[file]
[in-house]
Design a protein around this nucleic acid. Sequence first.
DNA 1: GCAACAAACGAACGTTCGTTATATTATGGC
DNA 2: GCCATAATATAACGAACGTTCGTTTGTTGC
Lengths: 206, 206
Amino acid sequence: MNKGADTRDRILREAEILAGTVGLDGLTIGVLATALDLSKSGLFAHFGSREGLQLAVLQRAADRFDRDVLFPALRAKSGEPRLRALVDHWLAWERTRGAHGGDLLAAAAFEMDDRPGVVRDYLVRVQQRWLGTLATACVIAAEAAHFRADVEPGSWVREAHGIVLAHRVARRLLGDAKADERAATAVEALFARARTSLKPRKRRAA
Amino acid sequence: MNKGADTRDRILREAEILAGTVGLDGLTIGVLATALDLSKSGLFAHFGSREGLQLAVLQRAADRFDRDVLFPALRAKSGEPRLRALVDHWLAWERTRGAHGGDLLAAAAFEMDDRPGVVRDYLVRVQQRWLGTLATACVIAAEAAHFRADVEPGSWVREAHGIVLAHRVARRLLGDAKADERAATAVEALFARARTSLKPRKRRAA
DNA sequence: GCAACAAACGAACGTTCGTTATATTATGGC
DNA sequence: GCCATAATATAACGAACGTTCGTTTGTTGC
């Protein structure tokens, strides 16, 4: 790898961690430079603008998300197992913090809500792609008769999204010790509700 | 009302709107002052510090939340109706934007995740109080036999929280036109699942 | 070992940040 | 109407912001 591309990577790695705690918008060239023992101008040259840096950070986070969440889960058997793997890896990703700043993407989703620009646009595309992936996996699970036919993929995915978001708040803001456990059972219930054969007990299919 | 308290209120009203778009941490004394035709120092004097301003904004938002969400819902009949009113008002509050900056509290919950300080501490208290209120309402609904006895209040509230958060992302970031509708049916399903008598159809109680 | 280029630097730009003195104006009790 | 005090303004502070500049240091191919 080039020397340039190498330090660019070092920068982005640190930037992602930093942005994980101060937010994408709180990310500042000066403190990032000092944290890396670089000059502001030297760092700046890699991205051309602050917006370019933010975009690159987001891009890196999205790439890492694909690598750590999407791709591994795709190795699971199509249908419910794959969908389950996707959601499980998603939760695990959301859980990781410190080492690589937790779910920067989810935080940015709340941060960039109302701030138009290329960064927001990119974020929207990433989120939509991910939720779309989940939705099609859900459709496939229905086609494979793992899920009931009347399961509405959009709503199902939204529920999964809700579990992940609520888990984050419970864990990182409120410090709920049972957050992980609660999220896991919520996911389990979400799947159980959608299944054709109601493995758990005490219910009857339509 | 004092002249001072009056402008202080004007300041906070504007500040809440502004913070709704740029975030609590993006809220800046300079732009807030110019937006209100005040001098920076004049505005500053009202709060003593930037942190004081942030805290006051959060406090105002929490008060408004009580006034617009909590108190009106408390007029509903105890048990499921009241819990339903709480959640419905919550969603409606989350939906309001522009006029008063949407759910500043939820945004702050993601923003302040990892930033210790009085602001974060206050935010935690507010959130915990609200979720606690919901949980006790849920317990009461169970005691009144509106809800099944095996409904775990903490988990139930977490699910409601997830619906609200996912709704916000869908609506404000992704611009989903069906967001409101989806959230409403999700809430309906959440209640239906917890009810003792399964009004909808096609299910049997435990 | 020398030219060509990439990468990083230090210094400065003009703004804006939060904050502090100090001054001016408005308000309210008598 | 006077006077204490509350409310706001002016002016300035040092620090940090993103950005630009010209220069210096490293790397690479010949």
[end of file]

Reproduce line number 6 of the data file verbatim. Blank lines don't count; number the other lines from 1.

Amino acid sequence: MNKGADTRDRILREAEILAGTVGLDGLTIGVLATALDLSKSGLFAHFGSREGLQLAVLQRAADRFDRDVLFPALRAKSGEPRLRALVDHWLAWERTRGAHGGDLLAAAAFEMDDRPGVVRDYLVRVQQRWLGTLATACVIAAEAAHFRADVEPGSWVREAHGIVLAHRVARRLLGDAKADERAATAVEALFARARTSLKPRKRRAA